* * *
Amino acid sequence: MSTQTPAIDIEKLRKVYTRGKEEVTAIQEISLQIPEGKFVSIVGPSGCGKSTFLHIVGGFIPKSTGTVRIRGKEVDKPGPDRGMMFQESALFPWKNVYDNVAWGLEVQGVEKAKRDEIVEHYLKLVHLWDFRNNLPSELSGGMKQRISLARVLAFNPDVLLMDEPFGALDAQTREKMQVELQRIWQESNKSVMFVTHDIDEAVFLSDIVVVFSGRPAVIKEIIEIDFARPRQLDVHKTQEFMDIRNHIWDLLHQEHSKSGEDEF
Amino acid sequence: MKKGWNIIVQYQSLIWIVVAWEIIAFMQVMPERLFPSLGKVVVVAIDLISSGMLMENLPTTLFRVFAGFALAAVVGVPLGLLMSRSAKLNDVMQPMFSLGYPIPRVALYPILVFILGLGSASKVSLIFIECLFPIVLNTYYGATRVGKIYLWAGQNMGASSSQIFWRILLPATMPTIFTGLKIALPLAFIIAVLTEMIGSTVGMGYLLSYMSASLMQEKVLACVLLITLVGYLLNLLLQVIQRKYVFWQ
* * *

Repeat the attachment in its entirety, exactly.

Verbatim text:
Amino acid sequence: MSTQTPAIDIEKLRKVYTRGKEEVTAIQEISLQIPEGKFVSIVGPSGCGKSTFLHIVGGFIPKSTGTVRIRGKEVDKPGPDRGMMFQESALFPWKNVYDNVAWGLEVQGVEKAKRDEIVEHYLKLVHLWDFRNNLPSELSGGMKQRISLARVLAFNPDVLLMDEPFGALDAQTREKMQVELQRIWQESNKSVMFVTHDIDEAVFLSDIVVVFSGRPAVIKEIIEIDFARPRQLDVHKTQEFMDIRNHIWDLLHQEHSKSGEDEF
Amino acid sequence: MKKGWNIIVQYQSLIWIVVAWEIIAFMQVMPERLFPSLGKVVVVAIDLISSGMLMENLPTTLFRVFAGFALAAVVGVPLGLLMSRSAKLNDVMQPMFSLGYPIPRVALYPILVFILGLGSASKVSLIFIECLFPIVLNTYYGATRVGKIYLWAGQNMGASSSQIFWRILLPATMPTIFTGLKIALPLAFIIAVLTEMIGSTVGMGYLLSYMSASLMQEKVLACVLLITLVGYLLNLLLQVIQRKYVFWQ